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Fort Riley troops arrive in Baghdad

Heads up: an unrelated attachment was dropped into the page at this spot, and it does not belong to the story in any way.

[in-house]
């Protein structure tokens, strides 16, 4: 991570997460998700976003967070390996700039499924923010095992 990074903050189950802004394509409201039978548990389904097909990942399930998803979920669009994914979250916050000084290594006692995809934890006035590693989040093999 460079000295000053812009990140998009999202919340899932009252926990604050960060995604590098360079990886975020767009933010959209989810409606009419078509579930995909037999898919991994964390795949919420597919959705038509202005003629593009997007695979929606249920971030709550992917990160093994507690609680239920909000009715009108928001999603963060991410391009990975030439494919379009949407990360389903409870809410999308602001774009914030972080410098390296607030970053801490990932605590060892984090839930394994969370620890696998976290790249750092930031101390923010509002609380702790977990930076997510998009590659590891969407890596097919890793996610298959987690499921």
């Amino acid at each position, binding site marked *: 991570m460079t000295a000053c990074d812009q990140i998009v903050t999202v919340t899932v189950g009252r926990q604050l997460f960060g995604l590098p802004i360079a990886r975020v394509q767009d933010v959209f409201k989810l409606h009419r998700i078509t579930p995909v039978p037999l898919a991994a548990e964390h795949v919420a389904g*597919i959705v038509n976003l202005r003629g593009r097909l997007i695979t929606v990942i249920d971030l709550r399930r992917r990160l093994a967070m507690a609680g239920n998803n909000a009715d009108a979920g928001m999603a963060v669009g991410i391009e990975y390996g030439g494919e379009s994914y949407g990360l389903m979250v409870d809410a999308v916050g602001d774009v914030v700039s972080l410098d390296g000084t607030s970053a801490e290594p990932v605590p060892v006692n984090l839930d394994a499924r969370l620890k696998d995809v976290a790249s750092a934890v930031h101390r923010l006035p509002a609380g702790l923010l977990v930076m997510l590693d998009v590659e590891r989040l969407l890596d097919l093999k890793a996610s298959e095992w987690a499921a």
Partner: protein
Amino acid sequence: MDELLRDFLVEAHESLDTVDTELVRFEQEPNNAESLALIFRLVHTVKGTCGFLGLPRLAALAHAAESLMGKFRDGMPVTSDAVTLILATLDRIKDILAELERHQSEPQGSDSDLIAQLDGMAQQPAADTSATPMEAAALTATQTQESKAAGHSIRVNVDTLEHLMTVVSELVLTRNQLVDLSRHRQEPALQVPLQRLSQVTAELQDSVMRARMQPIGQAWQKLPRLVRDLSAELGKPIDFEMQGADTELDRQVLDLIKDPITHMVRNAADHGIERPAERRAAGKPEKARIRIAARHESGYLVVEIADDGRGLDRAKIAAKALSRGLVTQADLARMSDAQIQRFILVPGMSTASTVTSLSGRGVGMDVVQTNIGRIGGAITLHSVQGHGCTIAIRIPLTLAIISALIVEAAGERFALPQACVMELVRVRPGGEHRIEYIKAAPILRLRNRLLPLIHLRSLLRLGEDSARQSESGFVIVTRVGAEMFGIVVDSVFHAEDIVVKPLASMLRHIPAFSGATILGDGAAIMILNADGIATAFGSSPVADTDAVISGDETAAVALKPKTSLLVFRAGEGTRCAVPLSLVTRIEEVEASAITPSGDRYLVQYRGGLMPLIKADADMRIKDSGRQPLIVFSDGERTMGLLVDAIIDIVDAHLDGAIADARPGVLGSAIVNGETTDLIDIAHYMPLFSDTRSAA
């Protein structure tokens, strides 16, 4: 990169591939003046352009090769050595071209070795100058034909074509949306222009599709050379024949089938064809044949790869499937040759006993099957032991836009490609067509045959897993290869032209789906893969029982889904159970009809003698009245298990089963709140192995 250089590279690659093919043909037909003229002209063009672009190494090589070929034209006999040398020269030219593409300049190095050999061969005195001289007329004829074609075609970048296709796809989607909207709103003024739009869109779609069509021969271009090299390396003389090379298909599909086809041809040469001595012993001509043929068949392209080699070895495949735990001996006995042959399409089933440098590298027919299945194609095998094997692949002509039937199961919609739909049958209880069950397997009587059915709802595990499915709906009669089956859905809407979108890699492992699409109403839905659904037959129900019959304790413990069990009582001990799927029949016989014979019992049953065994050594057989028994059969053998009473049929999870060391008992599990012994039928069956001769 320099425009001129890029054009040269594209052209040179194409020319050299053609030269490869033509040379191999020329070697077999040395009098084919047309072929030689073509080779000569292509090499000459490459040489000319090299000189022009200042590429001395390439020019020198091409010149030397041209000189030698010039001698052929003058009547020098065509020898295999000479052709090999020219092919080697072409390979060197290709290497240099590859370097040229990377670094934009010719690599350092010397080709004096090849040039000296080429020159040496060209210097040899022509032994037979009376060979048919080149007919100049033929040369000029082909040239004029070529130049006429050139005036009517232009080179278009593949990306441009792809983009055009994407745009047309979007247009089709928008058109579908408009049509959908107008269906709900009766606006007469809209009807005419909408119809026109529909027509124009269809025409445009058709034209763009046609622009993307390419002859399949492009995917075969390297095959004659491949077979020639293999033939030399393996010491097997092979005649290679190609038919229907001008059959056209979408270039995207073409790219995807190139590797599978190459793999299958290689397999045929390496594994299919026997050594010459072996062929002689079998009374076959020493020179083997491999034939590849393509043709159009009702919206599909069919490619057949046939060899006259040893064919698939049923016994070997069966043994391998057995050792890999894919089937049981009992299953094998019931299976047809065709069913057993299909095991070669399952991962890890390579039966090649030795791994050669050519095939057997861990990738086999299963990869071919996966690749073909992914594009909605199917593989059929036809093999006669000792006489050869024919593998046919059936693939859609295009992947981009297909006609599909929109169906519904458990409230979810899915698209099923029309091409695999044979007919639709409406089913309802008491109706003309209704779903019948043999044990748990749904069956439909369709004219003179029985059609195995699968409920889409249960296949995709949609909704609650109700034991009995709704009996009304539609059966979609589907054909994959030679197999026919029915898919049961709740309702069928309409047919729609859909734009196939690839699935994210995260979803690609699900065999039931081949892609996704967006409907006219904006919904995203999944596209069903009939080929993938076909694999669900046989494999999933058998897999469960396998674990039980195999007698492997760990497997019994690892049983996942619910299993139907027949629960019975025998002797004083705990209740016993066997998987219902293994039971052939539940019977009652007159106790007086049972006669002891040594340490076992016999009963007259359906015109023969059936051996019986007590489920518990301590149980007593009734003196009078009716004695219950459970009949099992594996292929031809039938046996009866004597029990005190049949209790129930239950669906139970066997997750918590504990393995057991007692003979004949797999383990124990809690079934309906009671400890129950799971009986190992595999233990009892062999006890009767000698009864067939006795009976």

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Here are recent headlines about the military in Kansas:Fort Riley ¢ 1st Infantry Division[(Washington Post) Sunni tribesmen help Iraqi forces in fierce fighting in western Iraq:][1] As the Baghdad security plan entered its third week, an additional 3,100 U.S. soldiers from the 4th Brigade, 1st Infantry Division, based at Fort Riley, Kan., have arrived in the capital, bringing the total number of new U.S. troops to nearly 6,000. President Bush is sending 21,500 troops to Iraq in an attempt to stem rampant sectarian fighting.[(AP) Tanks, fighting vehicles delivered to Fort Riley:][2] Col. Norb Jocz smiled widely at the scene at the Fort Riley railhead late last week -- about 150 railcars loaded with heavy fighting vehicles. Jocz commands the 3rd Brigade, 1st Armored Division, which is receiving the M1A2 Abrams tanks and Bradley Fighting Vehicles. Now involved in Fort Riley's military transition team training mission, Jocz's unit is being converted into a heavy brigade combat team that will reflag as the 2nd Brigade, 1st Infantry Division. Much of the 3rd Brigade's armored equipment and soldiers left Fort Riley when it redeployed from its second tour in support of Operation Iraqi Freedom. About half of its 1,200 soldiers will deploy soon to Afghanistan with the 70th Engineer Battalion. The buildup now under way will raise the brigade's strength to more than 3,800 soldiers. Friday's delivery was the third of seven taking place over several weeks.Fort Leavenworth[(WCBD.com) Fund Set to Bring Home SC Troops:][3] A fund has been started to raise $40,000 to bring S.C. Army Reserve and National Guard troops home on leave in April. "We're going to bring our soldiers home for 10 days with their families before they deploy to Afghanistan," said Sen. Jake Knotts (R-Lexington), who is establishing the fund. More than 1,000 S.C. soldiers of the 218th Enhanced Brigade are training for deployment to the war in Afghanistan at Camp Shelby in Mississippi and Fort Leavenworth, Kan. The Army has granted the soldiers 10 days leave, but no funds to come home.[(London Review of Books) It Migrates to Them:][4] But who are the enemies of the wealthy West, apart from (the wealthy) al-Qaida and the new wave of adversaries we've recruited with the invasion of Iraq? For an answer, Davis quotes a 1995 article by the Fort Leavenworth researcher Geoffrey Demarest: potentially the 'dispossessed' in general; 'excluded populations' everywhere; 'criminal syndicates'; slum children coming of age (ripe for child soldiering as religious martyrs or warlord cannon fodder). In short, the extremely poor and extremely oppressed, which as this book makes clear means an awful lot of enemies. [(TheLedger.com) Robert Kingston, 78, First Chief of U.S. Central Command:][5] Robert Kingston, an Army general and highly decorated combat veteran who served in the early 1980s as the first chief of U.S. Central Command, which deploys ground, sea and air units to the Middle East, died Wednesday at the Ruxton Health Care nursing home in suburban Alexandria, Va. He had complications from a fall at his home in suburban Fairfax County, Va. He was 78. ... Robert Charles Kingston was born July 16, 1928, in Brookline, Mass., and joined the Army at 18. He graduated from what is now the University of Nebraska at Omaha and received a master's degree in foreign relations from George Washington University. He also graduated from the Army's Command and General Staff College at Fort Leavenworth in Kansas.[(Montgomery Advertiser) Future leaders play tough at wargaming:][6] Students from the School of Advanced Air and Space Studies were assisted by the Air Force Public Affairs Center of Excellence in dealing with the news media while conducting a terrorist-related exercise at the Air Force Wargaming Institute last week. Called "Theater Campaign Warfare," the wargame scenario involved, among other elements, three seagoing vessels with dirty bombs approaching the United States, one of which detonated two miles off the coast of Tampa, Fla. Lt. Col. Ruth Latham, PACE media control chief and individual mobilization augmentee to the director, said TCW is the capstone wargame for SAASS and was augmented by participation of students from the School of Advanced Military Studies, Fort Leavenworth, Kan. and the Naval Operational Planning Course, Newport, R.I. to develop greater cross-service appreciation of theater operational issues.Kansas National Guard[(Wichita Eagle) Wichita soldier remembered as loving, quiet, brave:][7] A Wichita soldier remembered for his crooked smile, love of hunting and long courtship was buried here Sunday, 10 days after his death in Iraq. Staff Sgt. David Russell Berry, a member of the Kansas National Guard's 1st Battalion, was killed by an improvised explosive device in Qasim, Iraq, a few weeks before his 38th birthday. He had been due to rotate home in April. "He was just a very solid soldier," Lt. Col. David Johnson said of Berry, who in 2005 received the highest peacetime medal that a soldier can get, for rescuing a motorist from a burning vehicle. "He was quiet, had a good sense of humor. He was well-respected by everybody."[(49abcnews) Sebelius speaks about trip to D.C.:][8] (Sebelius) says the group shared stories about the on-going problems they've had dealing with the missing National Guard equipment. Sebelius says this leaves Kansas vulnerable to local natural disasters, because the resources to protect the state aren't there, and it put the troops overseas in danger. She also shared some other governor's horror stories about how bad the equipment situation has actually gotten "We heard in two cases from governors whose National Guard troops were sent over to Iraq in the last two months, with welding equipment so they could up armor, hopefully, with bits and pieces they would find over there the equipment they were being sent with," the governor said. Sebelius also spoke about a bad day for Kansas. Last week, eight Kansas National Guard members were injured in an explosion. The governor visited one of them who is recovering at the Walter Reed Army Medical Center. [1]: http://www.cleveland.com/news/plaindealer/index.ssf?/base/news/1172836560252240.xml&coll=2 [2]: http://www.kansas.com/mld/kansas/news/state/16831505.htm [3]: http://www.wcbd.com/midatlantic/cbd/news.apx.-content-articles-CBD-2007-03-03-0015.html [4]: http://www.lrb.co.uk/v29/n05/hard01_.html [5]: http://www.theledger.com/apps/pbcs.dll/article?AID=/20070303/NEWS/703030396/1004 [6]: http://www.montgomeryadvertiser.com/apps/pbcs.dll/article?AID=/20070302/DISPATCH01/70301036/1115 [7]: http://www.kansas.com/mld/kansas/16831504.htm [8]: http://www.49abcnews.com/news/2007/mar/01/sebelius_speaks_about_trip_dc/